Reservoir development plans rejected over wildlife fears

Multi-million pound plans for a caravan site, holiday lodges and leisure hub at Trimdon have been rejected over fears that wildlife could be put at risk.

The plans for land near Hurworth Burn Reservoir to accomodate a holiday and activity centre included 81 caravan pitches, 26 log cabins, a restaurant and a allowing non-motorised water sports.

According to documents submitted by the applicants, Brett and Terence Wilkinson, the project was expected to cost around £8.5million and create up to 56 jobs.

Durham County Council’s County Planning Committee were not convinced the tourism benefits would outweigh harm to wildlife.

The decision the refuse the application followed 48 letters of ojection and opposition from Durham Wildlife Trust, Durham Bird Club and Teesmouth Bird Club.

Despite support the council’s tourism agency, Visit County Durham, objections were also lodged by Natural England and the Environment Agency.

Coun John Clare said: “This council wishes to see tourist development in the area and we would welcome this application but we’re a planning committee.

“The National Planning Policy Framework is absolutely clear and it is quite clear from the report in front of us that it is deemed that the ecological damage, environmental damage and the landscape/visual appearance would be so great as to preclude this here.”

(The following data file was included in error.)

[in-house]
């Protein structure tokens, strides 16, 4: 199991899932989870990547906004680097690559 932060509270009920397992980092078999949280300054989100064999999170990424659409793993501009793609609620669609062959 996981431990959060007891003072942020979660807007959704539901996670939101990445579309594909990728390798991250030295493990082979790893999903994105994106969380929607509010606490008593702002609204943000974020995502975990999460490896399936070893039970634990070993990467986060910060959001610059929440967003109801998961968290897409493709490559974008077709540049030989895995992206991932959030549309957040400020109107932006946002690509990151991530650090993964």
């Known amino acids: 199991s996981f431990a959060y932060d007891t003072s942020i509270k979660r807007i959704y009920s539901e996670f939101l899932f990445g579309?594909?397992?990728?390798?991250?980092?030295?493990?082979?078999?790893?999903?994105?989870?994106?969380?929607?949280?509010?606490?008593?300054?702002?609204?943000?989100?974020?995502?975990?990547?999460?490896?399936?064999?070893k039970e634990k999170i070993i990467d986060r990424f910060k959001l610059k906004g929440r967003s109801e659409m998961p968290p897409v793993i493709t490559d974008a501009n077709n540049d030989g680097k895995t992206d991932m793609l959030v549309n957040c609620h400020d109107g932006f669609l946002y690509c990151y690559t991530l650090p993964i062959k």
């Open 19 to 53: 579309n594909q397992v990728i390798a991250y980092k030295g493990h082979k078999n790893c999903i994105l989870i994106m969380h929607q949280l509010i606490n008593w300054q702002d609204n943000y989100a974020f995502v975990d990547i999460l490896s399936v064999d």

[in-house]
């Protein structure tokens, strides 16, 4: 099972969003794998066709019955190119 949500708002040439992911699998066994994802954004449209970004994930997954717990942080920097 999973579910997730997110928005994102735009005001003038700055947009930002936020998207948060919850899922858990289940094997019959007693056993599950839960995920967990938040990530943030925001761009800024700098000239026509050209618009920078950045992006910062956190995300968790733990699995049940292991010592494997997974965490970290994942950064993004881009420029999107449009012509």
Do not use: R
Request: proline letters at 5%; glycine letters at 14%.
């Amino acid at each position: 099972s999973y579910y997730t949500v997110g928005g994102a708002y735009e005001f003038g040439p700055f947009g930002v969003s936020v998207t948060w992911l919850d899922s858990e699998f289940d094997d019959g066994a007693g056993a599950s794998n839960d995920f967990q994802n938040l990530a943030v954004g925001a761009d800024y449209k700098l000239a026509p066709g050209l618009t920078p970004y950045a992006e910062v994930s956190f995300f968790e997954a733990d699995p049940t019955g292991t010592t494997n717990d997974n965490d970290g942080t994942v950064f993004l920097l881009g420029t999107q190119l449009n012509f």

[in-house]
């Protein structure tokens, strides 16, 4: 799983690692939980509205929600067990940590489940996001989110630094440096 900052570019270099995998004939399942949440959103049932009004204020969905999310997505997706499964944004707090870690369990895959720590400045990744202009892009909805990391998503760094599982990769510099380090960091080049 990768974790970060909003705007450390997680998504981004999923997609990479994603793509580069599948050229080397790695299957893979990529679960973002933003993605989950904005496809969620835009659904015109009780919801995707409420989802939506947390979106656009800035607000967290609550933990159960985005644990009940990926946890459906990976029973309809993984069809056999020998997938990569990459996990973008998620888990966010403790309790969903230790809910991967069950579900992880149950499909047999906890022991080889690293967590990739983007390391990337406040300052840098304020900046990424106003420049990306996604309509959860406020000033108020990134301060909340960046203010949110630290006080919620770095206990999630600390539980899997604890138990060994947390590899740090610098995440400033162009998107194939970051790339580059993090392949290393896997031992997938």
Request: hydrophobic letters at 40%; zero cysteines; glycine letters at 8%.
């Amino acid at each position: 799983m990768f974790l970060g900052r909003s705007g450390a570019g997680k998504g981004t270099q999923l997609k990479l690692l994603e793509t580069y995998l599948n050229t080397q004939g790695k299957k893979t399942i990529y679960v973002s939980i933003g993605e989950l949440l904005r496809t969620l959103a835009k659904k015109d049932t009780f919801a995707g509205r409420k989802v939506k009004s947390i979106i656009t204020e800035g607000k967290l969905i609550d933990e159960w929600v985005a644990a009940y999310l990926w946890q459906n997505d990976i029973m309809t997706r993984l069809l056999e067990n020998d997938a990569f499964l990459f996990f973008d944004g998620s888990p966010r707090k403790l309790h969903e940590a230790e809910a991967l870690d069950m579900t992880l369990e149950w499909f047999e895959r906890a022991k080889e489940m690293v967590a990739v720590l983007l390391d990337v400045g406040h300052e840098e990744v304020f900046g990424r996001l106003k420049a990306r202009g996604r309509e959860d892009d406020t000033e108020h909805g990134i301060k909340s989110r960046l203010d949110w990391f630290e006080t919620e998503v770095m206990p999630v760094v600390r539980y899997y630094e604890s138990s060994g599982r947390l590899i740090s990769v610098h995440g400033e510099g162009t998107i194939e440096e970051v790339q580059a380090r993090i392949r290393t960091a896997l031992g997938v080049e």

The reservoir was previously owned by Hartlepool Water and was bought by the applicants in 2014.

In a statement, the owners argued the scheme would provide a “unique opportunity to create a high quality tourism development in an area where jobs are needed” and improve the quality of the wider site for wildlife.

This included providing a ‘protected zone’ around the reservoir shore, locating buildings away from “sensitive” areas and providing seasonal caravan use to avoid impact on migratory birds.

Director of Harrison Pitt Architects, Richard Wooldridge, told the the development could boost County Durham’s economy by more than £750,000 per year.

He also stressed watersports had been removed from the application following objections.

He said: “The applicant’s ecologist has advised that the development is possible through careful management procedures and mitigation measures.”

The meeting heard there was a ‘difference in opinion’ between the council and applicants over ecology reports, with developers willing to fund a new ecology assessment on the reservoir area.

Coun Charlie Kay, calling for the plans to rejected, said he didn’t see any benefit in going to a third party.

He said: “I think the ecology case in my humble opinion is overwhelming.”

Coun Liz Maddison called for the application to be put on hold to allow for more information on ecology but was overruled by the committee.

The recommendation to refuse was carried by 11 votes with one abstention.

Chris Binding , Local Democracy Reporting Service